While we here at GMO Journal have thus far focused on genetically modified foods, a recent news article further emphasized just how inescapable and ubiquitous biotechnology has become in our lives.
Discovery News is reporting that a new breed of genetically engineered dandelions is currently in development and could be implemented in a number of industrial, chemical and pharmaceutical uses. Currently, transgenic dandelions are used to create dandelion-derived latex. The biotechnology that is used in creation of dandelion-derived latex, however, can be implemented to create not only car tires but also insulin for diabetics, artificial sugars and drugs for other diseases.
Here’s why dandelion latex is valuable.
For thousands of years, most of the world’s rubber has come from tropical rubber trees. A diagonal cut in the trunk allows the white latex to drip into hanging cans, which can then be harvested and eventually turned into a variety of different materials.
Natural rubber contains trace amounts of biological impurities, which is a beneficial aspect for car tire makers as those impurities give vulcanized rubber a give and elasticity they can’t get anywhere else. Yet, those same impurities trigger life-threatening allergic reactions in some people. People allergic to rubber have to rely on synthetic or petroleum-based rubber as such rubber would typically have fewer impurities than natural rubber.
Now consider dandelions, which can produce latex that has both the elasticity of natural rubber without the allergens, making it an ideal alternative to rubber tree latex.
Here’s where biotechnology comes into play.
Naturally occurring dandelion-derived latex is difficult to obtain. Because dandelion latex transforms from a liquid to a solid on contact with the air through the action of enzymes (process known as polymerization), turpentine and naphtha are usually required to chemically extract the latex from the shredded remains of dandelions. To eliminate the enzyme responsible for the phase change, German scientists engineered a special virus. Once inside the dandelion, the virus deletes the genetic sequence from the dandelion’s DNA, and once the plant’s head is popped off, the latex begins to flow freely.
Elastic but allergy-free latex is only one of potential uses for dandelion. If the gene that eliminates polymerization can be knocked out through the use of a virus, genes that produce other enzymes can be added using the same method. Thus, as mentioned above, scientists could add enzymes for insulin, artificial sugars and drugs for other diseases using this method of plant infection.
Besides informing us about transgenic dandelions, the Discover News article also highlights vastly different views on biotechnology by Americans and the Europeans. Genetic modification is a pariah in Europe. At least the Europeans have a more vibrant debate with respect to genetically modified foods and crops. German scientists who developed the genetically engineered dandelion, not surprisingly, know that should they try to harvest genetically engineered dandelions, they will meet “fierce” resistance from groups opposing genetically modified crops. Which is why the Germans next attempt is to try and breed the offending dandelion gene using traditional breeding methods – but that will take five years.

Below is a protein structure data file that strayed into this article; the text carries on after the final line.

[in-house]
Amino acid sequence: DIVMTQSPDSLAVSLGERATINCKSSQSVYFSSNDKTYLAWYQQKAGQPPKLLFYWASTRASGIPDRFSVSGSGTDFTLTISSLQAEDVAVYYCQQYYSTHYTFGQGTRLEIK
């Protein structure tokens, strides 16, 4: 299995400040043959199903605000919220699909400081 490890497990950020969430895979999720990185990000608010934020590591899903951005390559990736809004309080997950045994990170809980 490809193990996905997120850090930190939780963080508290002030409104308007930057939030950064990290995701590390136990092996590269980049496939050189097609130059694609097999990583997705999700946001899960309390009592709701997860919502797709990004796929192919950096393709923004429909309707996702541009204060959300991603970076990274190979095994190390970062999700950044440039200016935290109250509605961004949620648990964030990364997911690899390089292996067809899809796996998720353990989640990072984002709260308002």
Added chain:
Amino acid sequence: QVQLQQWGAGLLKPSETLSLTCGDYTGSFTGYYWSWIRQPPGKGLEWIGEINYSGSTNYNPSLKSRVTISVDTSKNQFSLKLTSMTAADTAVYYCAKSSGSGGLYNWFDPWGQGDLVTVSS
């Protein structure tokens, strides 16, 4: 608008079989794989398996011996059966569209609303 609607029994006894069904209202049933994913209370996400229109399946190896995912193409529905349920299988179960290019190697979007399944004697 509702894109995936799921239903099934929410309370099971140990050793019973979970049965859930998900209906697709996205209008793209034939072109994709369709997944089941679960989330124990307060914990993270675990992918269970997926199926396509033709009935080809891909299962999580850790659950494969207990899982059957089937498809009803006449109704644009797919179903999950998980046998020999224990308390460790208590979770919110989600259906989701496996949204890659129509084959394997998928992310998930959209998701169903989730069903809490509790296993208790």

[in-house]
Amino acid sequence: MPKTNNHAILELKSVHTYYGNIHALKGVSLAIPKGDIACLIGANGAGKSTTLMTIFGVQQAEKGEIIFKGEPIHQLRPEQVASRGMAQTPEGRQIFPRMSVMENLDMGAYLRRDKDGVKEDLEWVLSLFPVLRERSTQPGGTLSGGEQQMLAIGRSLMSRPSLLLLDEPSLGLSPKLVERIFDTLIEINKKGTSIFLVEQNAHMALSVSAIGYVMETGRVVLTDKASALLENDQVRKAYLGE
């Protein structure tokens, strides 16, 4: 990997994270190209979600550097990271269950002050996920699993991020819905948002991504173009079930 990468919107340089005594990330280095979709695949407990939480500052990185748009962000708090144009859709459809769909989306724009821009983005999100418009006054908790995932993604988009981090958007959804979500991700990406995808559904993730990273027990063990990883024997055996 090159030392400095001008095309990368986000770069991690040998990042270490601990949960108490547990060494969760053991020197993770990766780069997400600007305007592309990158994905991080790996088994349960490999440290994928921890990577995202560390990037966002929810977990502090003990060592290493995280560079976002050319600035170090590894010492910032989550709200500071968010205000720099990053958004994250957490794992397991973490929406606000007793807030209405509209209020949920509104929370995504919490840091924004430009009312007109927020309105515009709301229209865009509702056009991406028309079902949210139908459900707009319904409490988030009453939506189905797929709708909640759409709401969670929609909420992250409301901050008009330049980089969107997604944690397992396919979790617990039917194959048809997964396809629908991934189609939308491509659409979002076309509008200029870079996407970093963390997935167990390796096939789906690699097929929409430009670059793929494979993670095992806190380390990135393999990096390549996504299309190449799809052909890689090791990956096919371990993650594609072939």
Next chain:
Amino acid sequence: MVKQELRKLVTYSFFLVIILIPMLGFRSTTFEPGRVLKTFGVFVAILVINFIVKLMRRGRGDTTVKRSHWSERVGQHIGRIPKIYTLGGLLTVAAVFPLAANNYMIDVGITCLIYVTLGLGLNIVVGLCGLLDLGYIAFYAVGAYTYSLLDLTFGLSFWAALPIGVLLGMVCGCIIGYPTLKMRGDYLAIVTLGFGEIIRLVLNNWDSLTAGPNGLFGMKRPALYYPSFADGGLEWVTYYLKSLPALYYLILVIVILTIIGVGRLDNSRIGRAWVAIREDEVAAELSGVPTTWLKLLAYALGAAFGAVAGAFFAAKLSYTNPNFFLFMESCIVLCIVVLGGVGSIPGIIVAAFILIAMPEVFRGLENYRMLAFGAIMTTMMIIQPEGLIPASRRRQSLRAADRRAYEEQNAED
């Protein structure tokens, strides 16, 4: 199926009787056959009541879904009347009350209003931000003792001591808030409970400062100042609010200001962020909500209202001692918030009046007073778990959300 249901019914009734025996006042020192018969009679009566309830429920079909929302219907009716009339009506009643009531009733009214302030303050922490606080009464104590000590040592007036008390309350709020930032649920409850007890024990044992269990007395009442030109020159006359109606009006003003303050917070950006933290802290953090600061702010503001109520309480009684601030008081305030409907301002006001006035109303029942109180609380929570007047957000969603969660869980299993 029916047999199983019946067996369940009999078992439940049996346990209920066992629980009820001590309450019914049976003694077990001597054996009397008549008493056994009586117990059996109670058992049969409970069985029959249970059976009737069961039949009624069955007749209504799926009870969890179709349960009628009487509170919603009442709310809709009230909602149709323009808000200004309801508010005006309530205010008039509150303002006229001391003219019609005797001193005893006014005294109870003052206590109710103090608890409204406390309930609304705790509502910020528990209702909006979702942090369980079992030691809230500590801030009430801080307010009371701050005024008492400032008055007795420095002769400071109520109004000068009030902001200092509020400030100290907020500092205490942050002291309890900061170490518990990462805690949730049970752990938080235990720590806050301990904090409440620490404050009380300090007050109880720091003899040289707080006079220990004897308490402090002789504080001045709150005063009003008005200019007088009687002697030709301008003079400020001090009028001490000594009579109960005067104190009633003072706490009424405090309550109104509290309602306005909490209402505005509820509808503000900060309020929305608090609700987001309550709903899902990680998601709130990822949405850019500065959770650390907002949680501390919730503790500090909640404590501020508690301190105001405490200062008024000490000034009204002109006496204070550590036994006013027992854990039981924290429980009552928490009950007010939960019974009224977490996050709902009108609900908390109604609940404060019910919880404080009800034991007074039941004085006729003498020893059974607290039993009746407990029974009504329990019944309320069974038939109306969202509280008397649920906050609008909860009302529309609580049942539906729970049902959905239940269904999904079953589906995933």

The Americans, however, are said to have more liberal attitude towards GM, especially when it comes to plants that don’t produce food, and are expected to get to the harvesting faster. William Ravlin, for example, a scientist at Ohio State University who also works on dandelion-derived rubber, and whose research is funded by Bridgestone Tires as well as the State of Ohio, thinks five years is too long and I have little doubt that he will get there faster.
Does the rest of the world believe that Americans espouse “liberal” views with respect to GMO’s? Is it really accurate to describe Americans as having more “liberal attitudes” towards biotechnology? Or, rather, is it more accurate to say that Americans are not exposed to sufficient unbiased information from which to formulate their opinions? Personal responsibility certainly plays a role in opinion formation but many people do not have the time to explore all aspects of an issue and instead rely on sources that they think they can trust to deliver to them balanced views–sources which are probably not free from industry influences. I doubt that the same Americans with “liberal” biotechnology views would continue with their hearty approval if they knew that “pharma” food crops are very likely to contaminate the food supply with drugs and industrial chemicals that potentially pose serious human health risks. The word “liberal” implies a progressive and an enlightened view towards an issue. When people are ill-informed or under-informed their position can hardly be called “liberal.”
Secondly, implicit in the article is the unsettling idea that if you are living in America, harvesting of genetically modified dandelions (and other pharma crops) to produce rubber and drugs, is coming your way, sooner than one might think, especially if the USDA implements the new rules which many believe would provide exceptionally weak oversight of the agricultural biotechnology industry. Are we ready for an ever greater presence of genetically modified crops in our fields and our food?
Read the original Discovery News article here.
Further reading from Union of Concerned Scientists:
USDA Biotech Regulations Could Allow Drugs in Food, by Jane Rissler